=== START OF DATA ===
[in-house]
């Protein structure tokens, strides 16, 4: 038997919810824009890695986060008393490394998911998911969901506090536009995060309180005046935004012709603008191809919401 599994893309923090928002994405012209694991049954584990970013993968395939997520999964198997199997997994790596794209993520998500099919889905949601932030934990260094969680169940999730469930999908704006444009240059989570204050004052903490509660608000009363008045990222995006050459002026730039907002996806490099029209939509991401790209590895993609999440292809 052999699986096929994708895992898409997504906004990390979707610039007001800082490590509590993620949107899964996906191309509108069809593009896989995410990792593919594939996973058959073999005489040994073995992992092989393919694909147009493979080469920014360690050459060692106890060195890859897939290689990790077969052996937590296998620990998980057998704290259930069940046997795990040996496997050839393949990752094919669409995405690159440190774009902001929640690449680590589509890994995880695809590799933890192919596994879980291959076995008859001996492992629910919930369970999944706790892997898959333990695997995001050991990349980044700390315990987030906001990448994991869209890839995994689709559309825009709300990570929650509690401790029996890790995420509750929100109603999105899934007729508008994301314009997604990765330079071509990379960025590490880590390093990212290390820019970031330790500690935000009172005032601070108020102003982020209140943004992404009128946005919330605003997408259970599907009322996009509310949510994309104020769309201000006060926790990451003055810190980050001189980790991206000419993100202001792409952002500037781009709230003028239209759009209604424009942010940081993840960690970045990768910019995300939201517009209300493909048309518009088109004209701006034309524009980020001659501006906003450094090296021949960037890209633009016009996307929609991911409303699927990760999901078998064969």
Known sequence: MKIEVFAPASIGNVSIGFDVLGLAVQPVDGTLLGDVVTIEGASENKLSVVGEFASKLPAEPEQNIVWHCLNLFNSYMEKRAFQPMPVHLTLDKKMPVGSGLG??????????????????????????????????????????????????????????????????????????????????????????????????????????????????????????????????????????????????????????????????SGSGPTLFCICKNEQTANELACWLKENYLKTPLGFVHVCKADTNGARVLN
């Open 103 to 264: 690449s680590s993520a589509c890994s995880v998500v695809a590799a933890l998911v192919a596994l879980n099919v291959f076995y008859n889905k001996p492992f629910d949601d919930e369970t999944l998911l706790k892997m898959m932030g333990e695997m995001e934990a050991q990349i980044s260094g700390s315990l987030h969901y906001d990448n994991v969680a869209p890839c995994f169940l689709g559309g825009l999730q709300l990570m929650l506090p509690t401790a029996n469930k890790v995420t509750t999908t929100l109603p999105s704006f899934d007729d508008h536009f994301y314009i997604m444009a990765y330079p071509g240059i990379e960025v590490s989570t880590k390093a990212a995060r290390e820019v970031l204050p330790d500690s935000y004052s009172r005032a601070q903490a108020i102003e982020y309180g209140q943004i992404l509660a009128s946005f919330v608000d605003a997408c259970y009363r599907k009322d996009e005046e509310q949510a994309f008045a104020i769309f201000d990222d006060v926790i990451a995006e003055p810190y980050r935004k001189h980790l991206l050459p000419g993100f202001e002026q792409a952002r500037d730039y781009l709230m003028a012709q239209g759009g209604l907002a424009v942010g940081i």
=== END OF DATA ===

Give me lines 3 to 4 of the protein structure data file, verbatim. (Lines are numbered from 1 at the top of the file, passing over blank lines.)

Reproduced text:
Known sequence: MKIEVFAPASIGNVSIGFDVLGLAVQPVDGTLLGDVVTIEGASENKLSVVGEFASKLPAEPEQNIVWHCLNLFNSYMEKRAFQPMPVHLTLDKKMPVGSGLG??????????????????????????????????????????????????????????????????????????????????????????????????????????????????????????????????????????????????????????????????SGSGPTLFCICKNEQTANELACWLKENYLKTPLGFVHVCKADTNGARVLN
């Open 103 to 264: 690449s680590s993520a589509c890994s995880v998500v695809a590799a933890l998911v192919a596994l879980n099919v291959f076995y008859n889905k001996p492992f629910d949601d919930e369970t999944l998911l706790k892997m898959m932030g333990e695997m995001e934990a050991q990349i980044s260094g700390s315990l987030h969901y906001d990448n994991v969680a869209p890839c995994f169940l689709g559309g825009l999730q709300l990570m929650l506090p509690t401790a029996n469930k890790v995420t509750t999908t929100l109603p999105s704006f899934d007729d508008h536009f994301y314009i997604m444009a990765y330079p071509g240059i990379e960025v590490s989570t880590k390093a990212a995060r290390e820019v970031l204050p330790d500690s935000y004052s009172r005032a601070q903490a108020i102003e982020y309180g209140q943004i992404l509660a009128s946005f919330v608000d605003a997408c259970y009363r599907k009322d996009e005046e509310q949510a994309f008045a104020i769309f201000d990222d006060v926790i990451a995006e003055p810190y980050r935004k001189h980790l991206l050459p000419g993100f202001e002026q792409a952002r500037d730039y781009l709230m003028a012709q239209g759009g209604l907002a424009v942010g940081i």